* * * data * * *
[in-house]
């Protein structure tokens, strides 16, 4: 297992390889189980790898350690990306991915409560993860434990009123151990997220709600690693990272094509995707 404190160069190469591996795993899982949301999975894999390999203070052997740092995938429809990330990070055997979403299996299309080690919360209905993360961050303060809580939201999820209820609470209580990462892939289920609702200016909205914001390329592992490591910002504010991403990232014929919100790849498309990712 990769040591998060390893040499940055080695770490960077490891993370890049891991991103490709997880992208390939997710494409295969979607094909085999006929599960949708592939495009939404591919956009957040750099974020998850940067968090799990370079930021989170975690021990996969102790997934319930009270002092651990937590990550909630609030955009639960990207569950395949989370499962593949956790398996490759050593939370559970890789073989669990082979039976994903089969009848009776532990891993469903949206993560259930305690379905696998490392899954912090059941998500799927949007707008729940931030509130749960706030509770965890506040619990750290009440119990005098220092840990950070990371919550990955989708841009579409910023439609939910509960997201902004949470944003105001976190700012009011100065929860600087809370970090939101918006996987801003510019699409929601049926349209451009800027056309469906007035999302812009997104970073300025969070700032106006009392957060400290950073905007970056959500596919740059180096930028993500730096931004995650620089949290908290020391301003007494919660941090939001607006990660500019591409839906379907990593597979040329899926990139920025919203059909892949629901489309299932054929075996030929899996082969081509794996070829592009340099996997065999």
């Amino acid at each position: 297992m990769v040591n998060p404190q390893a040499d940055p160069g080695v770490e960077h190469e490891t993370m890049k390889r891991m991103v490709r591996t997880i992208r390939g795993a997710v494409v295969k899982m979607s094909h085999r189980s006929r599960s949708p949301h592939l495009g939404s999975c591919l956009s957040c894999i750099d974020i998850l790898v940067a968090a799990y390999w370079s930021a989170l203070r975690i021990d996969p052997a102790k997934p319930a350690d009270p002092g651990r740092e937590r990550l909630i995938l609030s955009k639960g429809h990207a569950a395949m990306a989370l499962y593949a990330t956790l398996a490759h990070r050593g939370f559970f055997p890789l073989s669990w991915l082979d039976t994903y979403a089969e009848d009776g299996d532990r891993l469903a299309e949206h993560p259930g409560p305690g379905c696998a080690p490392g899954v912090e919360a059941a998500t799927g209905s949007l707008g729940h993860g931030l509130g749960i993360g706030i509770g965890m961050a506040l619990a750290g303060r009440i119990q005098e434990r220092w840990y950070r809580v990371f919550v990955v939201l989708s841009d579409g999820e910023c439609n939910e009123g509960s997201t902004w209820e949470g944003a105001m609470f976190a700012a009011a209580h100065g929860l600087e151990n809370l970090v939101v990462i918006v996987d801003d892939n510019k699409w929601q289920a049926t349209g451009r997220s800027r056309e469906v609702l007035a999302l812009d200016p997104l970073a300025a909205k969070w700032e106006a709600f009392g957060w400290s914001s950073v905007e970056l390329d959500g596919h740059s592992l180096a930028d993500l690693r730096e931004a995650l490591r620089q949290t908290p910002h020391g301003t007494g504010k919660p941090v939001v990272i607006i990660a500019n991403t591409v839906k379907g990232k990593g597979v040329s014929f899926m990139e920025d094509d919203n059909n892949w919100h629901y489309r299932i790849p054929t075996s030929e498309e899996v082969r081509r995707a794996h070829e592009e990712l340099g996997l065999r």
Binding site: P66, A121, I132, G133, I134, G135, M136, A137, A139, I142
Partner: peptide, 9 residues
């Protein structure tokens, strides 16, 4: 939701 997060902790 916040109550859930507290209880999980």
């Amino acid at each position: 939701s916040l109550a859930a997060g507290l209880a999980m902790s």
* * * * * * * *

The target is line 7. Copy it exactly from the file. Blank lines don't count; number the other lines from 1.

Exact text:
């Amino acid at each position: 939701s916040l109550a859930a997060g507290l209880a999980m902790s």